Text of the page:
Awesome Things

Vintage View-Master Magic

Happy Friday, everyone! If you’re wondering where my Shop Talk posts went, I’m putting the series on hold for a bit while my design and knitting work is insane for the next few weeks. It will definitely return later with more tips and stories from my work as a designer!

Today I have wonderful vintage cuteness to share. Earlier this week, while I was in the middle of knitting dozens of characters and props for an upcoming photo shoot, I got some unexpected inspiration from the blog of Lance Cardinal, a set designer whose finely detailed models always blow me away. He had scanned TONS of vintage (1960s-’80s) View-Master reels featuring the coolest 3-D scenes of popular cartoons.

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Maybe I saw some of these as a kid, but either way I’m blown away by the style and level of detail in the carefully constructed scenes. Lance actually scanned each slide, so the complete stories are on his website. He’s also got a post with several photos taken on the sets of these stories.

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These are so amazing to me, I have to share more.

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OK, some are cuter than others. But I love the knitting in that one!

Seeing all these cool slides on Lance’s blog led me to find the a website called View-Master World, which introduced me to tons more weird vintage Vew-Master goodness, including this scene in which Barbie is climbing a pyramid in Egypt.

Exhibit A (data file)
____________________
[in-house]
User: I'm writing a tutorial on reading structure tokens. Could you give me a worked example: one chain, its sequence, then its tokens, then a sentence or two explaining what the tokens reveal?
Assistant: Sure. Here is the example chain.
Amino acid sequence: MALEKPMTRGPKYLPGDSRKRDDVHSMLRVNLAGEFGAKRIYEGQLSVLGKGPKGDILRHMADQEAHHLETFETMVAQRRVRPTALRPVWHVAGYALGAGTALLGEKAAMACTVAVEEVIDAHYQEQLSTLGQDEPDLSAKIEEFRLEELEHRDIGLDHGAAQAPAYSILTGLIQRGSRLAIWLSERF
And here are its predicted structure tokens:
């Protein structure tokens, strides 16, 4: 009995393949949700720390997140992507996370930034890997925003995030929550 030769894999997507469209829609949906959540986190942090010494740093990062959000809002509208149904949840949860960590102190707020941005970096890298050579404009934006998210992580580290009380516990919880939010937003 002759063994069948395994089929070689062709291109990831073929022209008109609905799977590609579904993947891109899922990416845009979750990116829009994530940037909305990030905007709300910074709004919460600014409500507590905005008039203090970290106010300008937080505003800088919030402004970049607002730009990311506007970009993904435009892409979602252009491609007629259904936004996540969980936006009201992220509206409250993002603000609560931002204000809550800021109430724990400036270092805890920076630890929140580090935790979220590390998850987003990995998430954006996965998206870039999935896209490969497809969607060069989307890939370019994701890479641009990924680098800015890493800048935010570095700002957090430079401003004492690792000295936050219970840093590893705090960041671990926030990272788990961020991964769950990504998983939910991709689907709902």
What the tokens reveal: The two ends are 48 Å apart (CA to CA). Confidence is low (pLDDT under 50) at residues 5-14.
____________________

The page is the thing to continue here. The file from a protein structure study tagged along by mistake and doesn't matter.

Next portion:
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This might sound kooky, but all of this was just the inspiration I needed this week. Back to knitting!

Sweet Sweet Roving

On Sunday I did something I’ve wanted to do for a long time: buy lovely cotton candy clouds of wool roving!

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I got these at from Esther’s Place at YarnCon, the Chicago indie yarn gathering that I didn’t even know existed until a couple of weeks ago.

Honestly, I’m always so tempted by the roving when I go to yarn shows that it was probably just a matter of time before I bought some for no reason, but happily I have a reason—a tiny bit of needle felting that I’m incorporating into a little project (that has to remain a bit mysterious for now).

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I’ve only tried needle felting once before, when I took a workshop with Moxie a few years back. It’s a craft that I admire more than I practice, but I do have to say that I love the portability of it, and stabbing things over and over again with a needle is one of the best stress relievers I’ve experienced.

I would love to find ways to incorporate more roving into my life. Maybe there should be a roving fight at the next TNNA—like a pillow fight, but with big colorful clouds of fluffy wool flying everywhere. Who’s in?

The Internet and How it Works!

I just spent more than 24 hours without the internet because a couple of things got unhooked somewhere by accident. It was crazy! It was like having the power go out or breaking an arm—so many tasks had to be re-learned. Anyway, I only mention it because in the middle of this crisis, we got a very timely package from my mother-in-law.

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It was an empty cereal box. Store brand Grape Nuts. But check out the back!